Law School Case Brief
Ga.-Pacific Corp. v. United States Plywood Corp. - 318 F. Supp. 1116 (S.D.N.Y. 1970)
The "willing buyer and seller" rule - used to determine damages in a patent infringement case - requires consideration not only of the amount that a willing licensee would have paid for the patent license but also of the amount that a willing licensor would have accepted. Where a willing licensor and licensee are negotiating for a royalty, the negotiations do not occur in a vacuum of pure logic. They involve a marketplace confrontation of the parties, the outcome of which depends upon, e.g., their relative bargaining strength, the anticipated amount of profits that the prospective licensor thinks he would lose as a result of licensing the patent as compared to the anticipated royalty income, the anticipated amount of net profits that the prospective licensee thinks he will make, the commercial past performance of the invention in terms of public acceptance and profits, and the market to be tapped.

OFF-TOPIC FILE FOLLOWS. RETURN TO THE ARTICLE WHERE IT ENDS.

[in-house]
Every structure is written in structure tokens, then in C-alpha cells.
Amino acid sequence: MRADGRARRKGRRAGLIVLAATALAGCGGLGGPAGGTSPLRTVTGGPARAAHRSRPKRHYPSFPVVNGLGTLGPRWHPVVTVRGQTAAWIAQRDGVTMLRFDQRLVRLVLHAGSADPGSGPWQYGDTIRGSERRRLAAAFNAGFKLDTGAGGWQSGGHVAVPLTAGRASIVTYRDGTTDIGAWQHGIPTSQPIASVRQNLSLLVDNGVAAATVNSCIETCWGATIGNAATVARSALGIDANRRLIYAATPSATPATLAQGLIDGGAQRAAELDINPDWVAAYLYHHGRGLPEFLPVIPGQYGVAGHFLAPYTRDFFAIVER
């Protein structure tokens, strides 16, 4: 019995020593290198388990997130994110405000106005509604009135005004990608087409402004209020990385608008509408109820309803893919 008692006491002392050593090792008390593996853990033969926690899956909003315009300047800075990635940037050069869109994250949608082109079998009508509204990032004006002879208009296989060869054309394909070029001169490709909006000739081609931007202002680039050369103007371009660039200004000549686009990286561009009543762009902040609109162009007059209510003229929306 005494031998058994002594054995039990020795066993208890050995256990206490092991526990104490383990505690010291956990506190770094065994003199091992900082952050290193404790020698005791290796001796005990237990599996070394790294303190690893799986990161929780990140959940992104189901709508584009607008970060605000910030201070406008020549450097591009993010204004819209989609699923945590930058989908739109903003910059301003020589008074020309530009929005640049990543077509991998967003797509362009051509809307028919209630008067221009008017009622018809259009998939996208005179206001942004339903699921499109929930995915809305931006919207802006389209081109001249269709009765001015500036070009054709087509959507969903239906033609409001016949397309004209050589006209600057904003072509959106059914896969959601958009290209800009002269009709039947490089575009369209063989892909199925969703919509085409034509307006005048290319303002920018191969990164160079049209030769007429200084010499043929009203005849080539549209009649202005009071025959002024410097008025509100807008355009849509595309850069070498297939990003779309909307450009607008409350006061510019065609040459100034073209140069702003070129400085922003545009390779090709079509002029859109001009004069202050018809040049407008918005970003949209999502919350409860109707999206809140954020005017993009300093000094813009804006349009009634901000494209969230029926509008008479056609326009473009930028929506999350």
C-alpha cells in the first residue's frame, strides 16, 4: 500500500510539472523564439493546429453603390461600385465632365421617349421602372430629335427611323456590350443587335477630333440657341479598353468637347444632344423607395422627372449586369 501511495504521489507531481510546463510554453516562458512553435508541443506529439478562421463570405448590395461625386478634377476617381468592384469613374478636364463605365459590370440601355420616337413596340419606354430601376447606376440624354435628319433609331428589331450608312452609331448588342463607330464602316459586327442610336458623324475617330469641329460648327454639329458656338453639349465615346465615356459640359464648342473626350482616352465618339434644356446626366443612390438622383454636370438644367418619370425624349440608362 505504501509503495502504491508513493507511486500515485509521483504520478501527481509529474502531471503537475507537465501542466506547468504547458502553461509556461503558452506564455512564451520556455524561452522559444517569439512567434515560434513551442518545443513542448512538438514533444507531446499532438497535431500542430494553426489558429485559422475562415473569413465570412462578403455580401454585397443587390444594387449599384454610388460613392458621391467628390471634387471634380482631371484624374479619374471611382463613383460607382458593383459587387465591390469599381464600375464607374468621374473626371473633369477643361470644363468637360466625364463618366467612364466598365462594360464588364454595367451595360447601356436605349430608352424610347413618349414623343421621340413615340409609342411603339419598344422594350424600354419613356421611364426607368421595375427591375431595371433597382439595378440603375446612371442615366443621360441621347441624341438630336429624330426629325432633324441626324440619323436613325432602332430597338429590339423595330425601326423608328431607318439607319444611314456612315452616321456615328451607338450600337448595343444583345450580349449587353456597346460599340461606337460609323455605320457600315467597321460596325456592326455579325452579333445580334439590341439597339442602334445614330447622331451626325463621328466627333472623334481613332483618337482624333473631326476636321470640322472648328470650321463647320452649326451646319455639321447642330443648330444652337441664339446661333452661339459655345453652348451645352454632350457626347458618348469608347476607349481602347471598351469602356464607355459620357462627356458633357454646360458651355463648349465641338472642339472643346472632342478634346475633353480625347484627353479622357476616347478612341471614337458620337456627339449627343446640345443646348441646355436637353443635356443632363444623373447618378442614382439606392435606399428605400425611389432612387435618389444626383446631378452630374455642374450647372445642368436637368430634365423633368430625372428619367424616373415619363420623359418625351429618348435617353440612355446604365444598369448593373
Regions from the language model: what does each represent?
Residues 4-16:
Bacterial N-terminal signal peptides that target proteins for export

Plaintiff Georgia-Pacific Corporation ("GP") sued defendant United States Plywood Corporation ("USP") for patent infringement. USP counterclaimed for infringement. The District Court found USP's three patents (one Deskey and two Bailey patents) invalid for lack of invention, not infringed by GP's product and further, that there was no proof that GP engaged in acts of unfair competition. The United States Court of Appeals reversed and remanded, finding that USP had failed to establish the invalidity of the patents and that infringement was indisputable, and it remanded to the District Court for a damages award.
In an action for a declaratory judgment of invalidity and non-infringement of three patents, was plaintiff GP entitled to damages based on a royalties estimate for the amount of patented product made and sold?
On remand, the District Court awarded damages to GP based on a royalties estimate for the amount of patented product made and sold by defendant. The Court reasoned that, although GP could not establish its lost profits, USP's profits, or an established royalty, GP could still receive an estimated reasonable royalty. The pertinent factors in estimating a reasonable royalty included the nature of GP's patent property, the extent to which defendant took it, and its utility and commercial value (with the commercial success of the patented product being of greatest significance).
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